This post first appeared in RTÉ Brainstorm. The original article can be found here.
Dr. Ian Marder, Maynooth University (@iancriminology)
Dr. Joe Garrihy, Birmingham City University (@joegarrihy1)
Patricia Gilheaney, Inspector of Prisons
Analysis: Imprisonment was an isolating experience before COVID-19. Those who were cocooned in prison experienced isolation at another level.
“I surprise myself I have become so depressed since being cocooned: I feel that I am isolated and solitary. I am also surprised that I am unable to lift myself out of this depression. There is only a few times in my life when I felt suicidal and this is one of them.” – a person cocooning in an Irish prison during COVID-19
In March, the Irish Government advised everyone aged 70 or above, and everyone with underlying health conditions, to ‘cocoon’. This meant that they should stay at home and avoid contact with others. This was a protective measure: these groups were most at risk of dying from COVID-19, so their isolation aimed to prevent them from catching it in the first place.
As this advice is relaxed, we are starting to learn about the impact of cocooning. A report published in July found a growth in suicidal ideation, negative emotions and depressive symptoms among older people, as the isolation negatively affected their mental and physical health.
Today, we publish a report on the impact of cocooning on people in prison. This is the product of a ground-breaking collaboration between the Office of the Inspector of Prisons and criminological researchers. We wanted to listen to people cocooning in prison and establish how to minimise the harm they experienced. Initially, around 100 persons were cocooned in Irish prisons. With the assistance of Red Cross volunteers, we provided 86 people with journals to document anonymously their experiences. Two weeks later, we received 49 journals containing writing or drawing.
The success in preventing a single confirmed case of COVID-19 among people in custody is a credit to the Irish Prison Service (IPS) and prison staff. Many of those who returned the journals recognised this success, and appreciated that the provisions were in place for their protection. Many journals commended the IPS for communicating regularly through newsletters. Others eagerly awaited the introduction of video visits, which all prisons rolled out shortly thereafter.
At the same time, the despair expressed across the journals made for grim reading. Many experiencing cocooning as dehumanising, depressing and debilitating. People in prison often suffer from poor mental health and mental illnesses. These problems were aggravated by acute feelings of uncertainty, isolation and boredom. Likewise, as on the outside, some suffered severe physical pain as medical procedures were delayed. One person with mental and physical illnesses wrote: “All you are left with when the door bangs out is your thoughts and my head drives me fucken (sic) crazy”.
For many cocooners, their experience depended on their relationship with staff. Humans are social beings, and relationships between staff and prisoners are at the heart of prison life. For some, staff provided their only human contact, increasing the significance of interactions. As one person commented: “for anybody outside who knows how it feels to be cocooned for so long, a smiley face means a lot”.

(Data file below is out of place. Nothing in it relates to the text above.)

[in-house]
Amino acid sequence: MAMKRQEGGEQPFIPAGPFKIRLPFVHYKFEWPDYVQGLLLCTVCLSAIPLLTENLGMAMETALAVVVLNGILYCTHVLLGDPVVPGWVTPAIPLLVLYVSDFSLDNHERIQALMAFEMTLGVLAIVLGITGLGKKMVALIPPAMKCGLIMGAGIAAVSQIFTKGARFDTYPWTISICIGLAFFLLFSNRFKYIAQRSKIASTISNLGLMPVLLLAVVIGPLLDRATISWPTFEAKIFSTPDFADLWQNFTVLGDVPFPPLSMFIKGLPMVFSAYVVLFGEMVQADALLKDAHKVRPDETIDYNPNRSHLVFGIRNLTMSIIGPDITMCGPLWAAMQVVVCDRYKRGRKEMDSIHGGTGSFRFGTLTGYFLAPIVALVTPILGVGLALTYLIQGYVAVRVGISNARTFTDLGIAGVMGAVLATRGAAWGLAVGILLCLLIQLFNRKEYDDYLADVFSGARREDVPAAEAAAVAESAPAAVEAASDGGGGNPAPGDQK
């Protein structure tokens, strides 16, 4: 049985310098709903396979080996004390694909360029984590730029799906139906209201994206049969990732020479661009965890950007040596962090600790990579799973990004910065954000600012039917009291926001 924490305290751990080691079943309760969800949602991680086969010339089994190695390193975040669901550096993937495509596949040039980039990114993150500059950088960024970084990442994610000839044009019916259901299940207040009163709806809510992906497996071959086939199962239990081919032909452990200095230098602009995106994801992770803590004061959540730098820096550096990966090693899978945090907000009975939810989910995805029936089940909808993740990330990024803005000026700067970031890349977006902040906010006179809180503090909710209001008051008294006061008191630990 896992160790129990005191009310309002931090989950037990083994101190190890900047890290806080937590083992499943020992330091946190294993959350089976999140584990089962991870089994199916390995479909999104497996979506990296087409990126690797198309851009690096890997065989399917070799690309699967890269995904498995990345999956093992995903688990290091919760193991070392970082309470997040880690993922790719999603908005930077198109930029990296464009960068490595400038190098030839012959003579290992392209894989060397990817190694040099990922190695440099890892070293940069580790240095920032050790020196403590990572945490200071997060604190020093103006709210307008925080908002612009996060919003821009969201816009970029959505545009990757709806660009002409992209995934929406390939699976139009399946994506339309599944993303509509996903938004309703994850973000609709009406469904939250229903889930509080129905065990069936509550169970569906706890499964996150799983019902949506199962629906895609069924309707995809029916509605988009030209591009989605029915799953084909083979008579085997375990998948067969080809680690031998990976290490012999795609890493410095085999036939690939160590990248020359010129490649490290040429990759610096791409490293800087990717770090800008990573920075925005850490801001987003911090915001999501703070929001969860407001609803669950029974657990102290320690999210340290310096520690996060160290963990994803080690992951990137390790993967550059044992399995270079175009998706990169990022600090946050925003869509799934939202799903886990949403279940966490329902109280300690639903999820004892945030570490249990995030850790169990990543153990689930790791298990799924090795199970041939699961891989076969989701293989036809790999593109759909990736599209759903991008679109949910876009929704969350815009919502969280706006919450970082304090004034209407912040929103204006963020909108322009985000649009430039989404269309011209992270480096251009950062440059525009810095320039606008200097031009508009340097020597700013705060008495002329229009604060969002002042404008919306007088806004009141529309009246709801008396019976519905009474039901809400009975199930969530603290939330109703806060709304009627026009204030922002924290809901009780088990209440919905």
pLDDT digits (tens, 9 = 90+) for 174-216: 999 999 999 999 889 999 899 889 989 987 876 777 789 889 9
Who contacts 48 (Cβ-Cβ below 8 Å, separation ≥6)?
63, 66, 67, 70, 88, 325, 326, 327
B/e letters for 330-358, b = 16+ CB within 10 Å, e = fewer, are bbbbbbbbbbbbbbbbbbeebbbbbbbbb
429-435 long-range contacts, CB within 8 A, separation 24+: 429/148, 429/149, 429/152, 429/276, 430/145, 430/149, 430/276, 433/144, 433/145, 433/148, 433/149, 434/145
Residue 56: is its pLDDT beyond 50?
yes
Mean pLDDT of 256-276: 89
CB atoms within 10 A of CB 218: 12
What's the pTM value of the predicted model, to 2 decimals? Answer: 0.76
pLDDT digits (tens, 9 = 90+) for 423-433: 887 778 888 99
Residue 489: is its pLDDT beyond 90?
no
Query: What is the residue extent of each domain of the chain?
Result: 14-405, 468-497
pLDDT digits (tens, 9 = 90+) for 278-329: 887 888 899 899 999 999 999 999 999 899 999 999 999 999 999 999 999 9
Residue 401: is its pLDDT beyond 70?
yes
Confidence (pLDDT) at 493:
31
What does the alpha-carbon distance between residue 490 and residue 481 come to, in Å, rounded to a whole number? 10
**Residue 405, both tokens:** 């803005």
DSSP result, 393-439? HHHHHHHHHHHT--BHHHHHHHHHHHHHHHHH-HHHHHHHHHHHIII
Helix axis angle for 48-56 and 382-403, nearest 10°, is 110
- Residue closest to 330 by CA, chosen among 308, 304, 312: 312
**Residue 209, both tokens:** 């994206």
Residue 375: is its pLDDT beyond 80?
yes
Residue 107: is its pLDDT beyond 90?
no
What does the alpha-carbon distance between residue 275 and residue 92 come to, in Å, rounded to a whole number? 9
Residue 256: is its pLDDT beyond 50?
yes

The journals highlighted both the benefits of consistent communication and respectful staff relationships, and the damaging effects of uncertainty and disrespectful treatment. Some experienced cocooning as a punishment on top of their imprisonment, as akin to solitary confinement. Others felt dehumanised when spoken to only through their door, rather than face-to-face and at a safe distance.
As lockdown demonstrated, the minutiae of everyday life takes on greater importance when our liberties are restricted. Many of us sought to sustain our mental health and pass the time constructively by enjoying the weather, taking up new hobbies, learning languages or exercising. In prisons, however, some reported being locked in their cells for 30 hours straight, interspersed with an hour on the yard.
Despite efforts by the IPS to provide purposeful activities, schools and workshops ceased in many prisons. “There are only so many word searches you can do”, lamented a bored person in one journal. Meanwhile, people cocooning were served food in cardboard boxes, without choices in their portions. The depletion of flour stocks was testament to the importance of food during lockdown. For people cocooning in prison, however, their food often compounded, rather than alleviated, their low mood.
Criminologists never tire of stating that society sends people to prison as punishment, not for punishment. In other words, the deprivation of liberty is the sanction. We know that the most effective prison systems are also the most humane and dignified. For example, Norwegian prisons apply the principle of normality: residents are still full citizens, and everyday life is as similar to community life as possible. Ireland has an opportunity to develop a prison environment that is dignified for staff and residents, and give people the best chance of improving their lives on release.
All of us faced unprecedented restrictions to our liberty because of the public health restrictions. The full impact of this confinement and social isolation – especially for the elderly, those with mental health issues, and other vulnerable groups – will be felt for years to come. All public services should consult with those for whom they are responsible to learn from their experience of the lockdown, identify their needs and determine how best to transition their service into a ‘new normal’.